• There are one or just a few servers
  • The network is homogeneous, secure, and reliable
  • Latency is zero; bandwidth is infinite
  • Storage is homogenous
  • Transport cost is zero

Inside a single location, the network is usually very reliable, extremely low latency, high bandwidth, secure, stable, under a single user or group’s control, and homogeneous, or nearly so. Great.

But these assumptions do not apply to the ephemeral nature of clouds. It is wrong, almost irresponsible, to call any architecture of this description as “cloud.”

Designing for the Service-Based Model

A cloud-oriented architecture needs to be an application-centric architecture. This has similarities with other well-established distributed computing application architectures, such as Service Oriented Architecture (SOA) or Event Driven Architecture (EDA).

There are five main motivations behind this new service-based model:

  • Broad network access
  • Resource pooling: Manage data/compute bursts effectively
  • Rapid Elasticity: Linear scale and performance
  • Strict SLAs
  • Economy of scale: Cost advantage

Marc Andreseen’s provided the motivation for this service-based model, and  AWS pioneered it. Rather than thinking of a physical resource or locality, you start from a service best suited for the job and what SLA can it deliver. And then, you build an architecture much more distributed and driven by clearly-defined customer SLAs.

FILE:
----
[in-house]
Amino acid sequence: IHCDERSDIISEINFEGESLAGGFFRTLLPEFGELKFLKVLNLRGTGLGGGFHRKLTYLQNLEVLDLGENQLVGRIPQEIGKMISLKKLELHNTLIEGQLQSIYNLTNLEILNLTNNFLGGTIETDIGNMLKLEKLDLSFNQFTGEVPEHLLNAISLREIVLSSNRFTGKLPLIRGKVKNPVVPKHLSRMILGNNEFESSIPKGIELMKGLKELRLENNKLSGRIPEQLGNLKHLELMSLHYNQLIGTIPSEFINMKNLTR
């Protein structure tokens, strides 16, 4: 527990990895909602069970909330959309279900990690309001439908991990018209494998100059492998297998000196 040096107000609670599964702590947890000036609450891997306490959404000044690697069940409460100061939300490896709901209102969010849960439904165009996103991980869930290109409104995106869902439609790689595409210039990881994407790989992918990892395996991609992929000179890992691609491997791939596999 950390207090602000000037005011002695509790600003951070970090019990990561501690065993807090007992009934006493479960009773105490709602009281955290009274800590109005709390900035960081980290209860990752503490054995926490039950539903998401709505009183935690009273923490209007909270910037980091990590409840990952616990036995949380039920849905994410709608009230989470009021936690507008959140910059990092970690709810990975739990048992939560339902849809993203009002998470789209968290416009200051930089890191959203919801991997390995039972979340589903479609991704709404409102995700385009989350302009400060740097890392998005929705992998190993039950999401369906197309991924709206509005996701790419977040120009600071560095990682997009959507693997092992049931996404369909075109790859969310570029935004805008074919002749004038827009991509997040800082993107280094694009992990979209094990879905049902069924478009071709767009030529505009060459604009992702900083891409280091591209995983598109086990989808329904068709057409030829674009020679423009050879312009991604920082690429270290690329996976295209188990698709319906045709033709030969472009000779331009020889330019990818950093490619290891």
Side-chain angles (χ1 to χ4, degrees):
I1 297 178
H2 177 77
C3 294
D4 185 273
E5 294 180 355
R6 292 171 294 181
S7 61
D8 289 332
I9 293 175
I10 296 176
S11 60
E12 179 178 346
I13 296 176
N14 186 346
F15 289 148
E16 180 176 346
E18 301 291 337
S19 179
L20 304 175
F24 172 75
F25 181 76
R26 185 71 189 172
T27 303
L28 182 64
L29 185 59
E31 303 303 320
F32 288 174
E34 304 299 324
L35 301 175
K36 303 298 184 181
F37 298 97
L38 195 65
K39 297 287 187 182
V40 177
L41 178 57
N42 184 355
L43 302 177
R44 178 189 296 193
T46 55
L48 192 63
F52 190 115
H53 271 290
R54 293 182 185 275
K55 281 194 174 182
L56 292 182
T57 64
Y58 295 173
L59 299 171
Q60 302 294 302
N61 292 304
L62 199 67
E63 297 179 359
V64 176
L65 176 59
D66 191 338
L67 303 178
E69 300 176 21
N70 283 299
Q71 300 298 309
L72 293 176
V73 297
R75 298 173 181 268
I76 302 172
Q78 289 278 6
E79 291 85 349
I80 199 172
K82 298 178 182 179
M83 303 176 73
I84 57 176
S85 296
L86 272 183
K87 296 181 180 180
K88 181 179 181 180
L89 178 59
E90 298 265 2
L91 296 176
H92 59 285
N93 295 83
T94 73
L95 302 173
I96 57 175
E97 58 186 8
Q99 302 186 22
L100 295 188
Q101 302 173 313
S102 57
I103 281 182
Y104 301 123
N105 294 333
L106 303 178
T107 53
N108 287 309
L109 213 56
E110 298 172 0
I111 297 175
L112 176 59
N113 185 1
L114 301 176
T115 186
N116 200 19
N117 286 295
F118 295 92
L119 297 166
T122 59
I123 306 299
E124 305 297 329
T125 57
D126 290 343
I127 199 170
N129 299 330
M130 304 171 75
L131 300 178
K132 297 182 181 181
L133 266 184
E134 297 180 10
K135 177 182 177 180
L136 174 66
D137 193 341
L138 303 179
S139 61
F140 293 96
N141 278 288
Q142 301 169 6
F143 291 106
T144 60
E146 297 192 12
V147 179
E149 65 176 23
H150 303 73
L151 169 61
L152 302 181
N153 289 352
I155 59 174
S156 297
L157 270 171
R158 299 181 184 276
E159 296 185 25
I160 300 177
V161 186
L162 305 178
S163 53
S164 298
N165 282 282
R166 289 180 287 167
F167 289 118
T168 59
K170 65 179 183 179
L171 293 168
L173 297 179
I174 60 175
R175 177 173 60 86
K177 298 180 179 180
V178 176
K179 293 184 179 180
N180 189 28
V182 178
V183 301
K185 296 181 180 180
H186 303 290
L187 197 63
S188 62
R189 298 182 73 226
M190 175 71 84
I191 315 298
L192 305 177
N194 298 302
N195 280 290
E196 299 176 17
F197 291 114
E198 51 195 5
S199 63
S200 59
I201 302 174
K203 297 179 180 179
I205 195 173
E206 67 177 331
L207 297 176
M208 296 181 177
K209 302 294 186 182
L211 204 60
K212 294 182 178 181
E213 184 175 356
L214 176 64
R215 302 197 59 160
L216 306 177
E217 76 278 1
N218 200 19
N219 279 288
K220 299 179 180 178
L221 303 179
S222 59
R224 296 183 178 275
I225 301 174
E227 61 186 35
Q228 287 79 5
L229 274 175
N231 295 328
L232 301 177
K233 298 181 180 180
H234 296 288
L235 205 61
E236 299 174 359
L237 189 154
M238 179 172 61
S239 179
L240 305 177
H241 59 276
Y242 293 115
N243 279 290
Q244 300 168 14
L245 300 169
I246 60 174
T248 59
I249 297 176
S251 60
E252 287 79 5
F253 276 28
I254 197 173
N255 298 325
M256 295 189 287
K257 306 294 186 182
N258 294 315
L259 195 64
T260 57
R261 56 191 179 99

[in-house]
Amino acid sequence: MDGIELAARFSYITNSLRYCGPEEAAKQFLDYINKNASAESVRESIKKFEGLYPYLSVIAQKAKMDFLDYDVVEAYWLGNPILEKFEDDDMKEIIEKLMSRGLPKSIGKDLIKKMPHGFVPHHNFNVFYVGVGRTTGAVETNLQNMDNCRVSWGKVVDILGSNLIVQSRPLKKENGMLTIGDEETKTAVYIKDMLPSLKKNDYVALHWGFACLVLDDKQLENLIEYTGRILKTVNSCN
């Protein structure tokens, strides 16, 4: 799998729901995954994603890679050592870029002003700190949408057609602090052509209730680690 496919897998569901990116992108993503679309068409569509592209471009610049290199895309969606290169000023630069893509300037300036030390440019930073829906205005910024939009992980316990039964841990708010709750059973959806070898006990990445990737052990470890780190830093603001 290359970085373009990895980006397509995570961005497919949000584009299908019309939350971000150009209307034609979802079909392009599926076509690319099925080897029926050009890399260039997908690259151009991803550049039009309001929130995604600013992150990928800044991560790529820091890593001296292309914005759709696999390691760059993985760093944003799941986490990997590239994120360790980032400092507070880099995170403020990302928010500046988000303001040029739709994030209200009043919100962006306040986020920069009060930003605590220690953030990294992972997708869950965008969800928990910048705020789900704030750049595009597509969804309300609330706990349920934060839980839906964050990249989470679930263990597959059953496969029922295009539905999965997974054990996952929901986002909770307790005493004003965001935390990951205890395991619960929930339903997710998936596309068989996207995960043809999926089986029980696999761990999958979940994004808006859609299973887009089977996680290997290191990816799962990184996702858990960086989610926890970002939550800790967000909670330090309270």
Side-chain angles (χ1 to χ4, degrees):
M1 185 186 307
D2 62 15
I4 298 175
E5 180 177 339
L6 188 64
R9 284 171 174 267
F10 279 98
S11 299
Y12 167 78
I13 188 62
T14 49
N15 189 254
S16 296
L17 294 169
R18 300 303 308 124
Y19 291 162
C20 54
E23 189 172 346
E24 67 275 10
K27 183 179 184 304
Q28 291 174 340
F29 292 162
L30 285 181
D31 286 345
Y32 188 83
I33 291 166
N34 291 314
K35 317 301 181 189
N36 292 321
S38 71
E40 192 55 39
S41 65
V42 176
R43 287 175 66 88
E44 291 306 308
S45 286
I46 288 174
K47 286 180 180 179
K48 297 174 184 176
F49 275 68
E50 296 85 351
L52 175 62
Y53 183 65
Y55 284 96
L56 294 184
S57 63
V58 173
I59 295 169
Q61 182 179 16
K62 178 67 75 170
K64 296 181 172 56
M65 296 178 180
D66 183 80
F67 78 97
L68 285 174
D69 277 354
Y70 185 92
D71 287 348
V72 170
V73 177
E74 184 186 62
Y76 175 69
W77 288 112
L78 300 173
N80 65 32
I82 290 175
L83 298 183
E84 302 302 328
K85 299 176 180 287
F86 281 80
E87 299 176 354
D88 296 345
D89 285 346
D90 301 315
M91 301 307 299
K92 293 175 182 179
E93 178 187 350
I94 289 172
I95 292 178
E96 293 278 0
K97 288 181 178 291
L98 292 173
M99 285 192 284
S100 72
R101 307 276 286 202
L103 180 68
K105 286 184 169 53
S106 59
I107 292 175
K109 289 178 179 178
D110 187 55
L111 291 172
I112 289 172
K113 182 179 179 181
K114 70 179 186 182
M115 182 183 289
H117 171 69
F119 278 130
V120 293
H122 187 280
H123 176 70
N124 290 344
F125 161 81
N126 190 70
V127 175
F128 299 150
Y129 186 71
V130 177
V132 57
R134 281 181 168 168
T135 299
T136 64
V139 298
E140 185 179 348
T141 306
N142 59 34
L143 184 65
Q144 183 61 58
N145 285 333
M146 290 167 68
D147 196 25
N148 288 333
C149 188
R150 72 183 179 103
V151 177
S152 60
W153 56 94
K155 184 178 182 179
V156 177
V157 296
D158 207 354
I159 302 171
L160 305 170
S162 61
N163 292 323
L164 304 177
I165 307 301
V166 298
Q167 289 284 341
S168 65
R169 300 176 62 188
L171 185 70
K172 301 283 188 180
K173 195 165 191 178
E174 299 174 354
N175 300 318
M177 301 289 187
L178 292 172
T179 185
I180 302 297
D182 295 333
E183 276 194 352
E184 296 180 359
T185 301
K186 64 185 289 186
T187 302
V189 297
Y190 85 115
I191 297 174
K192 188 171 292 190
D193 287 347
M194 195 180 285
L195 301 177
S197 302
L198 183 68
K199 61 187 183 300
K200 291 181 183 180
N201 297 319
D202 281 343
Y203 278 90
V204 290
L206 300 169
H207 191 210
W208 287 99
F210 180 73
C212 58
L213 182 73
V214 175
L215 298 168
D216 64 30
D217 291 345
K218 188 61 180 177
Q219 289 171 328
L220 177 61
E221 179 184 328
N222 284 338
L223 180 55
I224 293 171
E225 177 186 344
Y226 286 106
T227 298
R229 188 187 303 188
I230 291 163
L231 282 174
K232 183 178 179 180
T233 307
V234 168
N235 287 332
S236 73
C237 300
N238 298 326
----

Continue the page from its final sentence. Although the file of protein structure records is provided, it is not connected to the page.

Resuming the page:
A simple example:  Objects vs Blocks

Building a file storage system based on cloud-based principles is dramatically different than traditional “block” storage. That’s not just in terms of cost, performance, and scale, but also in design principles and mindset. A new design had to evolve based on simple metadata-data separation to really exploit the benefits.

And thus “Object” was born.

Objects are the magic that enable massive parallel access to data without worrying about scale, durability, or availability. In the SOA world, details of block gave way to the simplified object approach, in which the details of durability, redundancy, replication etc. were elegantly abstracted by simple SLAs. Where the block had to be managed and paired using RAID, the object was self-healing and replicating.

I don’t think I can stress enough the importance of selecting the right cloud architecture. By doing so, you can maximize your gains by thinking afresh about data architecture and thus exploit the public cloud for its full benefit — and the joy of your users.

Are you considering cloud for backing up end user data? Download our new guide on top considerations when going cloud:




Jaspreet Singh

Jaspreet bootstrapped the company while defining the product, sales and marketing strategies that have resulted in Druva's early and impressive success. Prior to founding Druva, Jaspreet was a member of the storage foundation group at Veritas.


  1. ophilino daCosta 2 years ago

    very interesting observations – in conjunction with Cloud architecture and specific to the Service Provider segment, would be interested in your thoughts around network virtualization (including SDN and NFV) for data security.

  2. Author
    Jaspreet 2 years ago

    Yup, I do plan to write on both cloud security and storage next. Stay tuned :)

  3. Zeev Gur 2 years ago

    “The cloud is less about technologies and architectures than it is an operating model which represents the way you do business.” This comment is spot on. The cloud provides companies an opportunity to get closer to the customer – which changes revenue streams, sales processes, accounting, etc. – and drive long term relationships. The companies that do this well will see predictable revenue streams, reduces churn and increased up-sells to customers.